Tuesday, January 16, 2018
Letters To The Editor

Thursday's letters: Don't lower bar in combat training

Marine infantry standards defeating female officers | March 31

Combat training: Don't lower bar

This article noted that, historically, the 86-day infantry officer course fails about 20 percent of each class. If women are finding it difficult to pass a ground combat course like this, what will happen when they try to complete courses like the Army Ranger or Special Forces course, or the Navy SEAL course where dropout rates are between 60 percent and 80 percent?

If too few women eventually qualify for these tough combat programs, Congress could well step in to force the military to lower its standards. That is the big worry for most of us with military backgrounds.

Finally, for the media to go for comments directly to the military, i.e., the officers and senior enlisted men who are trainers at these courses, is ridiculous. Any active service member who issues a negative view to a reporter on this new, gender-neutral policy would be subject to discipline by his superiors. I would suggest the media consult with retired or prior service instructors for their opinions. That way there is no pressure from "the brass" for an approved response.

Jon Mueller, Brandon

For winning ballpark, follow the leaders April 1, commentary

Lessons of San Francisco

Michael McElveen's opinion piece leaves out one successful new stadium, that of the San Francisco Giants. Much of what he says of the others cities is true there: Good public transportation and a surrounding community have made it a success. The stadium has, in turn, made the community grow and prosper.

What makes this stadium different from those he cites is that it was financed privately. The city took responsibility for infrastructure, including light rail to the stadium's front door. That is as it should be. Government provides infrastructure and private, for-profit companies build their own facilities.

Hal Freedman, St. Petersburg

Hopes for Rays' season and future April 2, editorial

Diamonds and dollars

The expected spate of articles concerning the Rays' ongoing stadium issues has left me confused. First I read that St. Petersburg Mayor Bill Foster's projections regarding the economic impact that Major League Baseball provides to St. Petersburg are woefully inflated. Then, in an exclusive column for the Tampa Bay Times, a Tampa-based expert extols the many benefits of dropping a replica of Camden Yards into downtown Tampa.

Finally, amid the optimism of a new baseball season and within hours of the first shout of "play ball" on opening day, we are reminded once again that, despite the intransigence of Foster, the Rays remain steadfast in their desire to escape their existing lease with the city of St. Petersburg to look elsewhere for a new stadium.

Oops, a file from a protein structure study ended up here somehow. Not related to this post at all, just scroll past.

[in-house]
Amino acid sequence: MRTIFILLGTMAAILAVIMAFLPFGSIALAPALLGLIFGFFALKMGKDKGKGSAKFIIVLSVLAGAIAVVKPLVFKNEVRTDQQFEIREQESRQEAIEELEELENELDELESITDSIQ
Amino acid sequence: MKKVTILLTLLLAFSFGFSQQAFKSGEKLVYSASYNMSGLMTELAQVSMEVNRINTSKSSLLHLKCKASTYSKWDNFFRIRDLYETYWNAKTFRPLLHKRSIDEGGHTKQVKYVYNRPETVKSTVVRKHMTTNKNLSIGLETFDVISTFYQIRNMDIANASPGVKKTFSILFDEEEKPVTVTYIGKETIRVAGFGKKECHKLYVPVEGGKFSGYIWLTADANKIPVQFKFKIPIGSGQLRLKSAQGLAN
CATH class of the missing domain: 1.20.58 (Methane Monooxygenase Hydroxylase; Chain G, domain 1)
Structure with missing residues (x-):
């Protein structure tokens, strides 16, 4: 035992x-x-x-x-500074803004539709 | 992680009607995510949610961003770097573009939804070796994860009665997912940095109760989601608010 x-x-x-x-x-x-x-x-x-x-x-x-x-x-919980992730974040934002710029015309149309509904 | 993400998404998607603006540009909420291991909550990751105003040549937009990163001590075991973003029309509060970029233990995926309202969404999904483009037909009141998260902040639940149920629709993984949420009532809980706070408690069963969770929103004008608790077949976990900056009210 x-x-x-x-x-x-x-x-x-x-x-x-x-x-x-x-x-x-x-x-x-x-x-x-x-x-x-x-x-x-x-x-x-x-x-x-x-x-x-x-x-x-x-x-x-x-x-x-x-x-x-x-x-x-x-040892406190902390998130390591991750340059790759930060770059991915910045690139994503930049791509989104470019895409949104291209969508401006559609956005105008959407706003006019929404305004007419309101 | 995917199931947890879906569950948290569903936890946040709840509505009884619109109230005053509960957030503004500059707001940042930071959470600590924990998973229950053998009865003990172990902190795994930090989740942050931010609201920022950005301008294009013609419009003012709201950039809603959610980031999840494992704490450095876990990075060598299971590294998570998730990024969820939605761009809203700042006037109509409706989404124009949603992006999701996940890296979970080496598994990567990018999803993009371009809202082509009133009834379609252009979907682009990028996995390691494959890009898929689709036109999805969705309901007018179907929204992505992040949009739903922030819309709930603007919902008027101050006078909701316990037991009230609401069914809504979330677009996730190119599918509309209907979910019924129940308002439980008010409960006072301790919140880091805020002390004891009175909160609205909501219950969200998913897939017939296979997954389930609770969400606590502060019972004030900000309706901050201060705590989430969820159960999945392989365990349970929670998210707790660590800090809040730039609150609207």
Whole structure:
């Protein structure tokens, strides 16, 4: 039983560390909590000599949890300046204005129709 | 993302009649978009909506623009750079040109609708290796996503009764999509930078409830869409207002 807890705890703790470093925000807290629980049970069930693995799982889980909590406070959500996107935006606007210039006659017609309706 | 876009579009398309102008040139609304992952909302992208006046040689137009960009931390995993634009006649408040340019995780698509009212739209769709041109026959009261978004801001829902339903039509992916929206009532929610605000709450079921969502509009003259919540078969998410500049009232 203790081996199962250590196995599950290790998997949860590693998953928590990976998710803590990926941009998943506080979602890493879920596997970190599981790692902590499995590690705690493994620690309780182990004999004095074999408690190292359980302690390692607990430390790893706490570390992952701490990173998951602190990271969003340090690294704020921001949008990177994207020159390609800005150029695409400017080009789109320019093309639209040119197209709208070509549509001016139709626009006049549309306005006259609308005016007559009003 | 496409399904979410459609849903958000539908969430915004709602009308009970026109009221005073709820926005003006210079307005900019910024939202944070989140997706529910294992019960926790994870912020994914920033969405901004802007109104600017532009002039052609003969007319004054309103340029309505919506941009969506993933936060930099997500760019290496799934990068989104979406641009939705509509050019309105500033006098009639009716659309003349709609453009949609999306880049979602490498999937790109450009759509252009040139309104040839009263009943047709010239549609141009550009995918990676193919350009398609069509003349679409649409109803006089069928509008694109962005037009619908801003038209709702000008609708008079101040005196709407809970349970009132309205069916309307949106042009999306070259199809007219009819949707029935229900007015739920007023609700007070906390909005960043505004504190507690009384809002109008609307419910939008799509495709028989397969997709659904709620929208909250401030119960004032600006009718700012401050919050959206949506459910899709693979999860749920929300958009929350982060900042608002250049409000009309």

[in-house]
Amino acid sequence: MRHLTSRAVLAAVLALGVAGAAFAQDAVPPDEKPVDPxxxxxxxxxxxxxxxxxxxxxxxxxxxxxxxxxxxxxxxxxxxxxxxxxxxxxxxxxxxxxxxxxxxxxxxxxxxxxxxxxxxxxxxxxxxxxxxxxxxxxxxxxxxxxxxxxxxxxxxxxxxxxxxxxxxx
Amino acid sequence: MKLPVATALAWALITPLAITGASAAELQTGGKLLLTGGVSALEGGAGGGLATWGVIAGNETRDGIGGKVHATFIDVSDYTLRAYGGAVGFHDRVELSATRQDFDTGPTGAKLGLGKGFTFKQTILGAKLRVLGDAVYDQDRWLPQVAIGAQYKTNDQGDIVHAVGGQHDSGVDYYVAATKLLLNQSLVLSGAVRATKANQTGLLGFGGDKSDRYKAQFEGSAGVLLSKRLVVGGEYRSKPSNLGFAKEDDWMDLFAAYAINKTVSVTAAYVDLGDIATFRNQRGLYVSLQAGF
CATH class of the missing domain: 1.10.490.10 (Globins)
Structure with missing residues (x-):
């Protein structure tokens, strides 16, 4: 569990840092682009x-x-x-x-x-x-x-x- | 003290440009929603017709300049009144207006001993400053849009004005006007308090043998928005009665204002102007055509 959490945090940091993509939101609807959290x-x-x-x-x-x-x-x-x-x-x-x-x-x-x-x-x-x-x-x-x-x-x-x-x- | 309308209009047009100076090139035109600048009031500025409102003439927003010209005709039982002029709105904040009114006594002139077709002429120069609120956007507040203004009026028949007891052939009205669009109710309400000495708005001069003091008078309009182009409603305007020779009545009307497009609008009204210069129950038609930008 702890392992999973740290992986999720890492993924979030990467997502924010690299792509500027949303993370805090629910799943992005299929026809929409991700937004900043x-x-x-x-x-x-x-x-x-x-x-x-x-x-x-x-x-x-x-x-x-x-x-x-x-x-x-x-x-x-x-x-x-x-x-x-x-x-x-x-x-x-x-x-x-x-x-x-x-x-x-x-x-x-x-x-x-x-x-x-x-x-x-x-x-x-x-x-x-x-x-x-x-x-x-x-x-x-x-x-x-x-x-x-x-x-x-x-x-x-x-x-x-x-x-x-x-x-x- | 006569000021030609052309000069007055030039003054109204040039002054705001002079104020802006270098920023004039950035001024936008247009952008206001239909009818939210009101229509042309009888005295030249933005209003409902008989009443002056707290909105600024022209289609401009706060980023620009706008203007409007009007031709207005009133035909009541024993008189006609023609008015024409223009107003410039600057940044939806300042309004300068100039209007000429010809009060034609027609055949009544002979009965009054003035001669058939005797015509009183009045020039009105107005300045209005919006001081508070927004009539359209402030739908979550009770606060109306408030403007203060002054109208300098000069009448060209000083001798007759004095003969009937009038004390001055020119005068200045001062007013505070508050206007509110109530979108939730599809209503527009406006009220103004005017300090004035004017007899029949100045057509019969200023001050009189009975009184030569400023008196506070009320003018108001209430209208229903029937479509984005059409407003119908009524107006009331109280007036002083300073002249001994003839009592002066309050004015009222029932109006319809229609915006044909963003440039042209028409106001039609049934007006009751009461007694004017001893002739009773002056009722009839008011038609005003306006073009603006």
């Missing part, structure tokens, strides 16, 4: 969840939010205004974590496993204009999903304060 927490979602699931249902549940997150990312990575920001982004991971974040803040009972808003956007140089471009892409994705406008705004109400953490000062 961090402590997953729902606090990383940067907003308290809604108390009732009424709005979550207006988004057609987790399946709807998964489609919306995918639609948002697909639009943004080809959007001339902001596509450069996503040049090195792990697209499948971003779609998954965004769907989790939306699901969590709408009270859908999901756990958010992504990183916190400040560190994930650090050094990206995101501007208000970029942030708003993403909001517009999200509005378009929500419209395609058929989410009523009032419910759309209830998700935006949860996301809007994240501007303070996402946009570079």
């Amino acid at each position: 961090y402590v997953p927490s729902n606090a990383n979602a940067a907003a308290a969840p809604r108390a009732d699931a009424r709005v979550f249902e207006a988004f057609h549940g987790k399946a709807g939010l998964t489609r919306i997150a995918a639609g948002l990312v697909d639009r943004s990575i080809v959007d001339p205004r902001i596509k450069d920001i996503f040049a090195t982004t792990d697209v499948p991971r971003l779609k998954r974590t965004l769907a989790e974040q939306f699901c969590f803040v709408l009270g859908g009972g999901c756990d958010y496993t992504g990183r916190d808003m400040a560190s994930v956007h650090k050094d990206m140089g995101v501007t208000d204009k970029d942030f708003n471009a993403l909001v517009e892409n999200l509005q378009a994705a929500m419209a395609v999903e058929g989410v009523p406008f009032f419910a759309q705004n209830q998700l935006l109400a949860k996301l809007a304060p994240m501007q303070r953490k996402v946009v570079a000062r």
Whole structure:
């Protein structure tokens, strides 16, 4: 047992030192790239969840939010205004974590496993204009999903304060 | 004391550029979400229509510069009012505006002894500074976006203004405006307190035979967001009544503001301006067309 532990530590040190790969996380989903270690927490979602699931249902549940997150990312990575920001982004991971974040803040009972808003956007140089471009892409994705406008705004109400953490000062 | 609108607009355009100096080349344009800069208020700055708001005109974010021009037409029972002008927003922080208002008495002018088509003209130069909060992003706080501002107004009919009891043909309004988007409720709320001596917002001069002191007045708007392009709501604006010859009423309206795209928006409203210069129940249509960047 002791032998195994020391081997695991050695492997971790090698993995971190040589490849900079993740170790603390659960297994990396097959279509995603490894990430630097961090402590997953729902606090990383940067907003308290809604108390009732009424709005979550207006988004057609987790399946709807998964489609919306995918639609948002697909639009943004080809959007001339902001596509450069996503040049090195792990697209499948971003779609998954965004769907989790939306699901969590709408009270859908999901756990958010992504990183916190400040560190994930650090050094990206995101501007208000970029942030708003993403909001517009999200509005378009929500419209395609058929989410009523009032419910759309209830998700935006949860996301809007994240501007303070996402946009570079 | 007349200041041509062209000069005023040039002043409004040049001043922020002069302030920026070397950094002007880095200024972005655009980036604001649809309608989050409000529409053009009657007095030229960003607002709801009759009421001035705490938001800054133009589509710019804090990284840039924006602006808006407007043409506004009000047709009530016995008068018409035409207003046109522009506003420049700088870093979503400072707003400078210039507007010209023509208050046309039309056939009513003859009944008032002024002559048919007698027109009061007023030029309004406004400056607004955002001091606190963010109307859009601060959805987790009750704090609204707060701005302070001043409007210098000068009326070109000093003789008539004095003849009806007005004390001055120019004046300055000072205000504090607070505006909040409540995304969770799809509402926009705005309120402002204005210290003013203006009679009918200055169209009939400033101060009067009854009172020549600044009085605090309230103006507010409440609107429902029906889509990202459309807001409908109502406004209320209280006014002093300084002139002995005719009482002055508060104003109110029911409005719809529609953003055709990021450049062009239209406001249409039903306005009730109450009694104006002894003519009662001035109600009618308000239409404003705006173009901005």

I'm guessing that the article downplaying the economic boost to the city was intended to redefine what "reasonable" damages St. Petersburg could demand should the Rays decide to relocate. However, those same financial projections render any thought of building a new stadium to "re-energize" downtown Tampa a sheer economic folly for the taxpayers.

As a local taxpayer and lifelong baseball fan, I shall put these mixed messages aside for today and enjoy the game. I can only hope that as the season plays out, Rays fans throughout the Tampa Bay area will do the same.

Robert E. Heyman, St. Petersburg

What U.S. pays for care is sick April 2, commentary

Health care cost controls

We shouldn't be too surprised at the costs our health care system leads the world in. There's a simple reason for it. It's called free market capitalism, which in many areas works quite well. But other countries have discovered that to have a sustainable health care budget, there must be some government involvement in controlling costs.

And there's the rub. Having the government involved in controlling prices is anathema to most Americans, although it's done all the time in Medicare, which is why Medicare costs are far less than conventional health care.

It's a choice. Do we stay true to our core beliefs and accept the pain of outsized health care costs, or bend the rules a bit for a sustainable health care budget? It's a choice that eventually the American public will have to make.

George Chase, St. Pete Beach

Bullying bill

Stop online bullying

Bullying has become a huge problem. In the Florida Legislature, House Bill 609 and Senate Bill 626 are an effort to decrease bullying in public schools. The bills would mandate all public schools incorporate a policy prohibiting bullying and harassment. This would include not only bullying in the traditional sense but also cyber-bullying on or off school property.

The law currently does not include cyber-bullying in its definition of bullying. Passing this measure would be a big step in decreasing the amount of bullying that occurs in school and outside of school. Please encourage your representatives to support this bill.